At the level of neuropsychology, we are creatures who seek: (1) certainty, (2) opportunities to show our competence and influence over our situations, and (3) connections to others that are supportive and fair. These unspoken needs are intrinsically rewarding because they represent the essential forces at work in each of our minds: our conscious Rider mind and our non-conscious Elephant mind (where the energy to do work is located).
Moreover, these unspoken neural needs fit with our expressed needs at the level of how we see our jobs and get along with others at work. Although the Gallup organization doesn’t use the “two-mind” model of information and energy processing to explain engagement, positive answers to their key questions are directly related to that model.
Where employees answered without reservation that:
- They were clear about what their work is – their needs for clarity and certainty were being met – and when they said,
- They had the resources to do it right, and described it as their best work – their needs for certainty and competence were being fulfilled. When they answered that
- They were doing it with friendly co-workers, who were also committed to doing quality work- their needs for collaborative – supportive and fair – connections were being met as well.
- They received regular thanks from a supervisor, who seemed to care about them as individuals and encouraged their development, their needs for positive, supportive connection and fairness were being met and, finally,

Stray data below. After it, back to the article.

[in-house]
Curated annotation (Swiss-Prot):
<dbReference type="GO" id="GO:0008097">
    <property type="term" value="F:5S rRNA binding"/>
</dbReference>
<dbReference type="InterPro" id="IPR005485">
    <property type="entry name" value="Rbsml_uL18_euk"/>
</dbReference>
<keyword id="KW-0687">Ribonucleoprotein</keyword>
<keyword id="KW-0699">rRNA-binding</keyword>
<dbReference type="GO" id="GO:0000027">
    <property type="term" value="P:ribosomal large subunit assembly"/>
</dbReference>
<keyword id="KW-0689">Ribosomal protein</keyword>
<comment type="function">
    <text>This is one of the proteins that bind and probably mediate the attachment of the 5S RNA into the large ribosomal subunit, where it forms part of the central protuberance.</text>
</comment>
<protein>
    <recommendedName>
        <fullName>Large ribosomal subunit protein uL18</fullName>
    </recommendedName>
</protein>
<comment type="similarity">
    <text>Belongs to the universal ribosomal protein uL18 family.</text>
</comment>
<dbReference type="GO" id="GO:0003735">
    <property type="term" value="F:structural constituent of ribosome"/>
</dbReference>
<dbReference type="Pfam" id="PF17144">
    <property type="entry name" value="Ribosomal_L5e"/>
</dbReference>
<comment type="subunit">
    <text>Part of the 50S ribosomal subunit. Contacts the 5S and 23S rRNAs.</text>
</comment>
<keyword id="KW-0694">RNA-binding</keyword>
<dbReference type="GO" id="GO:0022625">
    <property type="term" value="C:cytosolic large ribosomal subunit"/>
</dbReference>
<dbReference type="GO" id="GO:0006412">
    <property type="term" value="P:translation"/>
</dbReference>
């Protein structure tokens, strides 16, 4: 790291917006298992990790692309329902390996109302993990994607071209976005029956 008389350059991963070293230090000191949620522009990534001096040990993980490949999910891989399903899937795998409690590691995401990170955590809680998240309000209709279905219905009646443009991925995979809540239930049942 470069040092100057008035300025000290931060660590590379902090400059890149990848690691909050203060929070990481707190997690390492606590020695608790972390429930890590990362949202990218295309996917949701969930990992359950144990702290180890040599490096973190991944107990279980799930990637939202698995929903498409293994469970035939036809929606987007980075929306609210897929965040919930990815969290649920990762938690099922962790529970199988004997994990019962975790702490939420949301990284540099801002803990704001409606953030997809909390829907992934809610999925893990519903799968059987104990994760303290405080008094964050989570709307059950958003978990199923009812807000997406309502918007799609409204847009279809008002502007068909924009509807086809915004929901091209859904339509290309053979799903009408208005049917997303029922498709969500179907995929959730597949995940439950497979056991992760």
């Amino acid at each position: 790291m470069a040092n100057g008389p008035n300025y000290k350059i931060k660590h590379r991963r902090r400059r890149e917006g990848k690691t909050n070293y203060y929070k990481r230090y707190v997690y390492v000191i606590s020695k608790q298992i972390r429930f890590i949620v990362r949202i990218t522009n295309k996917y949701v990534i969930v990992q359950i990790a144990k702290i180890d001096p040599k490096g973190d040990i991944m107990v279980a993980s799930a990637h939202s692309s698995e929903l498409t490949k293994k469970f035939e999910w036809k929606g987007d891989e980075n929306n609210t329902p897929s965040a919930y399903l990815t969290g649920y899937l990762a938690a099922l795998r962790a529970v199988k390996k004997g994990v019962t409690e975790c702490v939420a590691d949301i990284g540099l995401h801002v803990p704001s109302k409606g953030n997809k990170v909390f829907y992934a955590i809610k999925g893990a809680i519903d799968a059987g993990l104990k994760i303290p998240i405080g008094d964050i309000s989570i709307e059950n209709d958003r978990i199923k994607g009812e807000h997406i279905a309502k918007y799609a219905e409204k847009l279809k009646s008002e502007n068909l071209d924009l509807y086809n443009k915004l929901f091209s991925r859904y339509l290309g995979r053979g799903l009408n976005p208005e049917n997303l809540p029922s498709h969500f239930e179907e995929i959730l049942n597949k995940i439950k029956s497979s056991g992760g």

- Their supervisors actually listened to what they had to say – their needs to be recognized as competent and influential – were being met.
Although they can be discussed consciously, these questions represent the unspoken, needs of both of our minds. With these reflexive needs fulfilled, employees were deeply certain about their work situation. And because they permitted themselves to trust the people around them, they didn’t have to manage their natural protective wariness – that is, they didn’t have to distance themselves emotionally in the situation. Instead, the energy of their Elephant minds naturally flowed into the work.
These needs are represented by 7 simple questions.
- Do I know what is expected of me at work?
- Do I have the materials and equipment I need to do my work right?
- At work, do I have the opportunity to do what I do best every day?
- In the last seven days, have I received recognition or praise for doing good work?
- At work, do my opinions seem to count?
- Are my co-workers committed to doing quality work?
- Do I have a best friend at work?
Could your staff answer these questions “5 out of 5”? If they can, you have led your team in a way that allows both of their minds to work together and be fully engaged in what they do.